Donald Trump Teases Long Political Future for Ramaswamy

With his early and comfortable win in the Iowa caucus, former president Donald Trump has officially begun the contest to become the Republican presidential nominee for November. It’s no surprise that his rivals are feeling the effects of this; for example, Vivek Ramaswamy has dropped out of the race, admitting he can’t defeat Trump. But Trump has dropped hints that his old adversary could end up on his team, so his political career is far from ended.

Ramaswamy Accepts the Inevitable

The 2024 presidential campaign officially began on January 15 when Republicans in Iowa cast their ballots for their party’s candidate. The outcome was crystal clear: Trump received 51% of the vote, which was greater than the combined totals of the next two candidates, former United Nations ambassador Nikki Haley and Florida Governor Ron DeSantis. With only 7.7 percent of the vote, IT mogul Vivek Ramaswamy, who has been attempting to establish himself as Trump’s clear heir, placed a dismal fourth.

Rather than waste money and sow discord within the party, he has, predictably, determined he has little chance of really winning and has thus stepped out of the contest.

Now that Trump has offered his backing, Ramaswamy has thrown his weight behind him. His appearance at a Trump event in Atkinson, New Hampshire on January 16th solidified his support for the former president. The audience loved it, and some even started yelling “Veep!” to show their support for Ramaswamy as a potential running mate for Trump.

Curiously, Trump has also hinted that Ramaswamy could be a part of his squad. Following his compliments and description of the ex-candidate as “a fantastic guy,” he expressed surprise at Ramaswamy’s decision to contact and inform him that the candidate was ending his campaign “because he was doing well.” In addition, he expressed his gratitude for Ramaswamy’s support. Then he continued, “He’ll be collaborating with us, and for quite some time.”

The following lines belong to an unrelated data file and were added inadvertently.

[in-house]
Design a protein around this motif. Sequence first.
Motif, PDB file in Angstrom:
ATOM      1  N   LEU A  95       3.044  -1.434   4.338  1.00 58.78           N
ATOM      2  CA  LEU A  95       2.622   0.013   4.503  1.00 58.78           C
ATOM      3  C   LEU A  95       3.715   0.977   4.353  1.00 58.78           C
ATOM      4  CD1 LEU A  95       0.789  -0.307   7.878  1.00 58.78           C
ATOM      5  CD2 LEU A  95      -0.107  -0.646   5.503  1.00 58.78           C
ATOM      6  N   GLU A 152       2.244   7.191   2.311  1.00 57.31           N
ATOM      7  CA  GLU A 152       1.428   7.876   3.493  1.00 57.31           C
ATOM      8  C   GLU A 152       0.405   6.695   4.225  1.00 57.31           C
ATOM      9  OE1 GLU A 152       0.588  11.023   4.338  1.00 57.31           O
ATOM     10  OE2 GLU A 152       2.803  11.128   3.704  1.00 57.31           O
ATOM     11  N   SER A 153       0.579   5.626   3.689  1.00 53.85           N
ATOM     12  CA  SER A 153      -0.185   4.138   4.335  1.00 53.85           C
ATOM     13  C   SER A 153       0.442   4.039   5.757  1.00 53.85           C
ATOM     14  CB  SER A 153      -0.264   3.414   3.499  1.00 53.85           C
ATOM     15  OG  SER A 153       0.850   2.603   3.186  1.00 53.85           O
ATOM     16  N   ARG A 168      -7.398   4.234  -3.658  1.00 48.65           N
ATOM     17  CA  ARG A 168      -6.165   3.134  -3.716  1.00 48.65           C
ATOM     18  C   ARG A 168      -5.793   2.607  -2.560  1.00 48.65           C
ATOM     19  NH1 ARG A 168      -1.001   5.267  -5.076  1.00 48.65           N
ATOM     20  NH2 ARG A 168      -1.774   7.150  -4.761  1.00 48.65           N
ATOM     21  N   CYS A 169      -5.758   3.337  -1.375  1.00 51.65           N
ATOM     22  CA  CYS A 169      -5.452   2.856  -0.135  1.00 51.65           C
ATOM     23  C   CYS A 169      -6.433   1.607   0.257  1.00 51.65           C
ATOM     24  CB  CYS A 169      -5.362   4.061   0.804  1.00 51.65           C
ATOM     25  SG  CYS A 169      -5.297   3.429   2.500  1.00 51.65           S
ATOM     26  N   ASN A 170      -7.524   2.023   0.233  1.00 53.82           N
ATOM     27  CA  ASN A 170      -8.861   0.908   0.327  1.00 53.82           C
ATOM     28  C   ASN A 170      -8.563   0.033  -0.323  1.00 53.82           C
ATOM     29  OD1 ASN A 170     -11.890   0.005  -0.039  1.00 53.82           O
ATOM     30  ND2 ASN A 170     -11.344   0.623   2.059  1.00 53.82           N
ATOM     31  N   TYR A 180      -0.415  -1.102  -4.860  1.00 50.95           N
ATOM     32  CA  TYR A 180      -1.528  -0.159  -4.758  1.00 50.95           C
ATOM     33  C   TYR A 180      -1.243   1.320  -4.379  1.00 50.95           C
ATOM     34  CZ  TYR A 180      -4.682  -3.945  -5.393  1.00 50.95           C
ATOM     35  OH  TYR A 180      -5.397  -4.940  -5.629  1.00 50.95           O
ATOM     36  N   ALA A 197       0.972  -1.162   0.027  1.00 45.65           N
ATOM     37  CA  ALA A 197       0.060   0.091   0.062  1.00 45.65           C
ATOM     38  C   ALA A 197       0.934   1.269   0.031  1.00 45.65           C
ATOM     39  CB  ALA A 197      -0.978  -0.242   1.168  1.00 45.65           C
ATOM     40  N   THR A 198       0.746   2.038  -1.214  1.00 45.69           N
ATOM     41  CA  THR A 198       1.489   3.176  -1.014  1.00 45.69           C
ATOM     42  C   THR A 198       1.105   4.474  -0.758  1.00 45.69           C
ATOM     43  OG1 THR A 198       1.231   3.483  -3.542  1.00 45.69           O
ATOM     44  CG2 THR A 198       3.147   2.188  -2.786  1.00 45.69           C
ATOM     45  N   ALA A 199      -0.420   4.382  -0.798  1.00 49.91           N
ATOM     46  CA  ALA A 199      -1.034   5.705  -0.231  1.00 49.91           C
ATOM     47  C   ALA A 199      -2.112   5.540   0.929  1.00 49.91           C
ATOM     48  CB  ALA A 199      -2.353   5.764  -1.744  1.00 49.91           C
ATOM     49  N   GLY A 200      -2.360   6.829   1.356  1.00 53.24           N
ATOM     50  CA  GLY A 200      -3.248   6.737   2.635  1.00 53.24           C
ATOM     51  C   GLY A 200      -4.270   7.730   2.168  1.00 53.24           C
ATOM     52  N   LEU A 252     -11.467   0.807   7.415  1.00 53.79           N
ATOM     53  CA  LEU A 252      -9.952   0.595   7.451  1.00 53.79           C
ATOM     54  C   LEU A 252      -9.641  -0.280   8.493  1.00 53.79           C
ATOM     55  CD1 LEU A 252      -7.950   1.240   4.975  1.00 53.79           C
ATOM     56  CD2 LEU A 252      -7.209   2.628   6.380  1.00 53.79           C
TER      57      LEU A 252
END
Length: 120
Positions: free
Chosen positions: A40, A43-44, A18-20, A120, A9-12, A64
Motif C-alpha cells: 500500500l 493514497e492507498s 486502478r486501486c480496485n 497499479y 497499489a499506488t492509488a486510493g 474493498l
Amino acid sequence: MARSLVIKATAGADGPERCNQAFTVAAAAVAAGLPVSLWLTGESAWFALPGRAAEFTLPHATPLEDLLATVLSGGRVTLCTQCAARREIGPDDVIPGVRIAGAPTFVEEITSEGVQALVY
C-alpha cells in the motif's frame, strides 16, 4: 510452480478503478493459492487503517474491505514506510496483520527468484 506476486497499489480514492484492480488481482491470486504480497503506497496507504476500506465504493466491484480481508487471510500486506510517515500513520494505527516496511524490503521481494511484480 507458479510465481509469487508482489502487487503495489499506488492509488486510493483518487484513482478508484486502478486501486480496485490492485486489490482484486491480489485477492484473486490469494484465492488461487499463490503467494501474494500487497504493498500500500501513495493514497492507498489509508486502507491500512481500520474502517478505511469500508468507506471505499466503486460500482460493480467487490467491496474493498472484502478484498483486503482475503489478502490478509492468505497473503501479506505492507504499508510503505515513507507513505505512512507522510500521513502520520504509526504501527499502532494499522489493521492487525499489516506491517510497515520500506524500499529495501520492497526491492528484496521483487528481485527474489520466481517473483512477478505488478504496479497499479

What Now for Ramaswamy?

Fox News reporter Jesse Watters questioned Ramaswamy after the New Hampshire rally whether he would be interested in being vice president under Trump. Ramaswamy said that he would be eager to help the country in any way he could. Will he have the opportunity? Trump has the last say in the matter. Some have speculated that Trump would choose a female running mate, including Representative Elise Stefanik (R-NY) and Kari Lake (R-AZ), who is running for governor of Arizona.

But Trump will be looking to draw in as many voters as possible, and Ramaswamy fared well in Iowa, so it might be the deciding factor in his favor and secure him a prominent role on Trump’s campaign.




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